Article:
Wednesday, 1 July 2015

I Have No Mouth And I Must Scream Review (PC)


As point and click adventures go IHNMAIMS is certainly one of the darker and most out there ones. Based on the short story of the same name is follows the story of five humans who are held captive by a group an artificial intelligence known as AM. AM has destroyed the earth and now keeps the five humans alive for its own sadistic pleasure. They are held immortal and eternal tortured, so far they have been tormented for 109 years.

The game works in the traditional point and click way. You move around with the mouse and click on times to pick up and things to interact with. There are dialogue trees to work though as well and unlike many point and click games you can die. AIM won’t let you really die though and instead will drop you back at the start of the adventure so it pays to save often.

However, each of the chapters can be completed in numerous ways with different actions being carried out throughout. Your characters have a spiritual health bar which increases whenever they do something good and decreases when something bad happens. The state of the bar at the end of the level along with the route you have taken to completion results in determining if you have been successful or not (something you won’t know for sure until the final act).

Taking control of each of the five captives in turn, players must solve a mystery relating to each of them. These act as self-contained mini adventures and change dramatically in content. One minute you might be wandering around a fantasy castle making deals with the devil while another adventure is set in a prison camp where horrific experiments are being carried out on the inmates. The one thing that does stay consistent is just how dark it all is though.

There is no humour here and each of the characters has to overcome nasty things in order to make it through their section. Everything relates to things in their past and they are certainly not for the faint of heart. One of the characters main aims is to commit suicide so that gives you a hint as to the tone. It’s also very easy to make mistakes which lead you down the darker sides of the adventure. A number of times thing happened that surprised us or we didn’t even know could be avoided and this can be frustrating.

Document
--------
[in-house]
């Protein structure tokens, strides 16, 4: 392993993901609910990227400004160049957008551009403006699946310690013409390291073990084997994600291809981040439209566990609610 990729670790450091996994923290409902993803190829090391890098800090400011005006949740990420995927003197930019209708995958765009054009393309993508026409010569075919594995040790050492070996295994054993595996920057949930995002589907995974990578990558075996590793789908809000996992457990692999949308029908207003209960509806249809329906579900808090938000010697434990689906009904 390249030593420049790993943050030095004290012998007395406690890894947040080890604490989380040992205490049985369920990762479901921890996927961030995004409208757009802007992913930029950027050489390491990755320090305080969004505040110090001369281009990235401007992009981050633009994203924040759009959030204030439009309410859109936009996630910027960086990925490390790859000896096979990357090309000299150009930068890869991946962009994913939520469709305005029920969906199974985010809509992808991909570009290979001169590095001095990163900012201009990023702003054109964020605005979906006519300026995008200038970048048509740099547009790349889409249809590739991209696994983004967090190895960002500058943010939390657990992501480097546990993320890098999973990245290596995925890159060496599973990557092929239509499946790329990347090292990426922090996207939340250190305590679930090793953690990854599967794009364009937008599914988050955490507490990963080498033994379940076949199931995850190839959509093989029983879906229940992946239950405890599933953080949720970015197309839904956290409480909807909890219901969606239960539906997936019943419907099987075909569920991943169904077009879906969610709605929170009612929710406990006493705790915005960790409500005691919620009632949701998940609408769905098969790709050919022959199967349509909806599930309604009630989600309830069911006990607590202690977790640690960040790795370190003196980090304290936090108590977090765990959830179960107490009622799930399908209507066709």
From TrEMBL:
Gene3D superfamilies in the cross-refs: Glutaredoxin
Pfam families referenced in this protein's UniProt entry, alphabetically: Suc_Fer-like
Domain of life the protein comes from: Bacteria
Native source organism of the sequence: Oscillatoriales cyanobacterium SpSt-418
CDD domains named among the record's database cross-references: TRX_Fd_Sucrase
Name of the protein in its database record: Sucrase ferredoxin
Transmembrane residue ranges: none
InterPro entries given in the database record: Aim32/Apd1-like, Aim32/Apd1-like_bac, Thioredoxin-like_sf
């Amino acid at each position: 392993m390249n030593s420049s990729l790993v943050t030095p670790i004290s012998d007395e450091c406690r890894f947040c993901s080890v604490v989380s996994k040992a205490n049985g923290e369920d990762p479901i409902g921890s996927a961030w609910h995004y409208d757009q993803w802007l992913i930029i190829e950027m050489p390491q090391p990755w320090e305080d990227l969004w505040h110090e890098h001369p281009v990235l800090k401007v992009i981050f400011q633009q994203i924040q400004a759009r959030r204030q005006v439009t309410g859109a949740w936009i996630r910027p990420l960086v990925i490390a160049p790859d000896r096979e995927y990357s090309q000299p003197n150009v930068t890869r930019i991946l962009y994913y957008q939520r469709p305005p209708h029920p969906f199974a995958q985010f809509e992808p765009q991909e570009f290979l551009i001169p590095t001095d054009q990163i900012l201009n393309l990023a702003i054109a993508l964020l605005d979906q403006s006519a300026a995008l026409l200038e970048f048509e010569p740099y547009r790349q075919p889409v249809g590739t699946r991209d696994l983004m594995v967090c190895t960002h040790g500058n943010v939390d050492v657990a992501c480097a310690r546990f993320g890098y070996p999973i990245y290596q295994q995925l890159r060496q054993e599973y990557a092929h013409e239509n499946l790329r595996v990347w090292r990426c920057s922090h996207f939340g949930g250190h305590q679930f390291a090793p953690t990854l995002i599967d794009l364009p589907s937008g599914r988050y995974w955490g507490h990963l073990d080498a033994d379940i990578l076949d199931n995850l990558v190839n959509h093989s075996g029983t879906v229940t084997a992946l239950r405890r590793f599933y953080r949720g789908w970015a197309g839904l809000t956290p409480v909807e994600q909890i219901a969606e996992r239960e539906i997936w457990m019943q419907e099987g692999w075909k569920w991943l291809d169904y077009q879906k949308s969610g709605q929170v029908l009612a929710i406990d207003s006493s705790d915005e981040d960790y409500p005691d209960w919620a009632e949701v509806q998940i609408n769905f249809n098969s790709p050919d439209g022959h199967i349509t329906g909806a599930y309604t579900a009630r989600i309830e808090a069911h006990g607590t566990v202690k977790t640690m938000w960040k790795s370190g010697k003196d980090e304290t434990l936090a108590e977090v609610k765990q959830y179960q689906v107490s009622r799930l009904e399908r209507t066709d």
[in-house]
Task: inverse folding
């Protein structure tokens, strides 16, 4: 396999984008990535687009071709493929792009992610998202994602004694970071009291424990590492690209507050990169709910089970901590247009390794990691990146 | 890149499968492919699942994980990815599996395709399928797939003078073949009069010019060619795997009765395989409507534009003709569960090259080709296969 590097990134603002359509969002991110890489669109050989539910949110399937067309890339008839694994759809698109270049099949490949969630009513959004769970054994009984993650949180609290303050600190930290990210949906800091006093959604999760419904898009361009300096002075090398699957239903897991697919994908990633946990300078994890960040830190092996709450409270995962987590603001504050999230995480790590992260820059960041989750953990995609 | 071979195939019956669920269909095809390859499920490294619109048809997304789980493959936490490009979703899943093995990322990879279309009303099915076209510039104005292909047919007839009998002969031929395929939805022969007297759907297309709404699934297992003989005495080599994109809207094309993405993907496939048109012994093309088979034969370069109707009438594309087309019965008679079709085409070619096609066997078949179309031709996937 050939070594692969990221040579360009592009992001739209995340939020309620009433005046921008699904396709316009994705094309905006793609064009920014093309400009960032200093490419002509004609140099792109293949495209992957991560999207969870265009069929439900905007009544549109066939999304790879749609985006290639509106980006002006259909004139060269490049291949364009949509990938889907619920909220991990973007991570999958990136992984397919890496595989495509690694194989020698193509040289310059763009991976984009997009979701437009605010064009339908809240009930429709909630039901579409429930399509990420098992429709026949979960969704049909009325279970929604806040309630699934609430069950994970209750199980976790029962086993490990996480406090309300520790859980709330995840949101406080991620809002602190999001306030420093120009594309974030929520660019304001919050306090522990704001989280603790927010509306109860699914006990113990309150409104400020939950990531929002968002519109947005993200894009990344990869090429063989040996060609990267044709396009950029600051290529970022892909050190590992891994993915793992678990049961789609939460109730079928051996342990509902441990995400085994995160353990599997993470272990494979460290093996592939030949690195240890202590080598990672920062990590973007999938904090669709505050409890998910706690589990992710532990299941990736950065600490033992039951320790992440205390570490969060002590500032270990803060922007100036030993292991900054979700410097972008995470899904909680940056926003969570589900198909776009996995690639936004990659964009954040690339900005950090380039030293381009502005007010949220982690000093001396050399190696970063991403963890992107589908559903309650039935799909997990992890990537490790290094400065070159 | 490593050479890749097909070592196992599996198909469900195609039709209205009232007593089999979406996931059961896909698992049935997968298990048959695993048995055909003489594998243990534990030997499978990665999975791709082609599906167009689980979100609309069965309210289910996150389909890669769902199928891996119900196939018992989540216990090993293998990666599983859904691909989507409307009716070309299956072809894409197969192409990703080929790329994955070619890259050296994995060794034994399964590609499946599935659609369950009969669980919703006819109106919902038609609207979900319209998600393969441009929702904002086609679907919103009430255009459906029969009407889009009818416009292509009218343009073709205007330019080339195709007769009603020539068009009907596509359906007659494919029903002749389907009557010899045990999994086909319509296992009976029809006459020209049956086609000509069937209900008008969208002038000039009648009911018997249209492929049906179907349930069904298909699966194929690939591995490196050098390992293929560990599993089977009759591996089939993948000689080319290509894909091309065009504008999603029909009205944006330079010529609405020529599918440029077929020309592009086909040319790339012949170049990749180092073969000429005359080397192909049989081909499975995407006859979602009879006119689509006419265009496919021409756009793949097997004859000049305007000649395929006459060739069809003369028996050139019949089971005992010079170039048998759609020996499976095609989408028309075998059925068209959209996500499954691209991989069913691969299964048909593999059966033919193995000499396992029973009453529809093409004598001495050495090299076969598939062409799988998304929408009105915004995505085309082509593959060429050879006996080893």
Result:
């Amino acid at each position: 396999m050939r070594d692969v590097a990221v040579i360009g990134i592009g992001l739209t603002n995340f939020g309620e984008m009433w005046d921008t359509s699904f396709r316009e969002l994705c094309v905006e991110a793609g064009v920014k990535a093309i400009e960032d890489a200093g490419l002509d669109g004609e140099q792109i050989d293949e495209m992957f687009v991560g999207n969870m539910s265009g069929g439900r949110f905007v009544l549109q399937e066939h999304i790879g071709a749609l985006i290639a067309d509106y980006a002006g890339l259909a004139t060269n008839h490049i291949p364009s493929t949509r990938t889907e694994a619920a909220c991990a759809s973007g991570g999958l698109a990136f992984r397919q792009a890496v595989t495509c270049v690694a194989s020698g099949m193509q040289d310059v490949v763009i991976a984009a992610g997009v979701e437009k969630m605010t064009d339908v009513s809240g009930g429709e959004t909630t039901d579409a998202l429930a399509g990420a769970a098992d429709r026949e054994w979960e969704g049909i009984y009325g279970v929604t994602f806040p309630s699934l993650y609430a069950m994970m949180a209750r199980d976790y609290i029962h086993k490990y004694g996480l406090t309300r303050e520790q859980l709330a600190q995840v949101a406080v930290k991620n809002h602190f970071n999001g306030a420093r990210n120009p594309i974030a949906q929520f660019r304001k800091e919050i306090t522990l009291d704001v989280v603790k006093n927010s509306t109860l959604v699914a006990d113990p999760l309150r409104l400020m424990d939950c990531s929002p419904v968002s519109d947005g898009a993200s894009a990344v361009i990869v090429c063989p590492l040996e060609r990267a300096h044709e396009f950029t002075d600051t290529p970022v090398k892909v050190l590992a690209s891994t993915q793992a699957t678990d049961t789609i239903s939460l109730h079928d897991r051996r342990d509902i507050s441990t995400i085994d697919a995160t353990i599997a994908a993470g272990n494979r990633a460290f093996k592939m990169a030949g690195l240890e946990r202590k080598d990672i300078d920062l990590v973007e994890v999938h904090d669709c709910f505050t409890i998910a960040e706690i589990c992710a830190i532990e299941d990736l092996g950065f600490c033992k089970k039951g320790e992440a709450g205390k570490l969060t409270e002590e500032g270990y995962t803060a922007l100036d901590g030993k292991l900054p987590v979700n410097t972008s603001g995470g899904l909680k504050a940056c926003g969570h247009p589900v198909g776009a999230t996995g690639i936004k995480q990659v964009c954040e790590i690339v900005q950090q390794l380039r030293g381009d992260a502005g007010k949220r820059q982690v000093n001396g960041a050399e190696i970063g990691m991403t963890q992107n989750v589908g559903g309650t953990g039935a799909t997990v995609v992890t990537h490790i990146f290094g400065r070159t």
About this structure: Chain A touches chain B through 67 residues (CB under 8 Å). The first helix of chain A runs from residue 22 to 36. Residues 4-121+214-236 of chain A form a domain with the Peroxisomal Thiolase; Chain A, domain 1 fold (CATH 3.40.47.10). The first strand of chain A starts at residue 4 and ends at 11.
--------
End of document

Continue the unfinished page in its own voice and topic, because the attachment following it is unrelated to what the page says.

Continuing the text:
Frustration is one of the biggest problems with IHNMAIMS. It’s wildly changing frame of reference within the different setups for the adventures made us feel that much of the time we were simply fumbling our way through it instead of having great revelations. Often using items on things when you’re stuck can have a bad effect or bring the story to an end without any warning and when you are intricately trying to get something sorted it’s beyond annoying. In one scene we accidentally clicked on something in the background and our player was immediately dragged back to the hub world by AIM without any warning or chance to abort our action.

Overall, IHNMAIMS is a strange one. The story is excellent and the dark tone and menacing atmosphere are something you don’t normally find in this type of game. The multiple routes are also good (in theory) and it does a lot right. However, it never really clicked with us. Without the humour it dragged a bit and the fragmented stories of the captives and changes in tone and design didn’t really help this. A lot of time we were solving things without really knowing why we were doing it and I would be surprised if we dived back in to find the alternative ways through the game. It’s certainly worth playing through once though and one ever point and click fan should at least try.

Overall 7/10

No comments:

Post a comment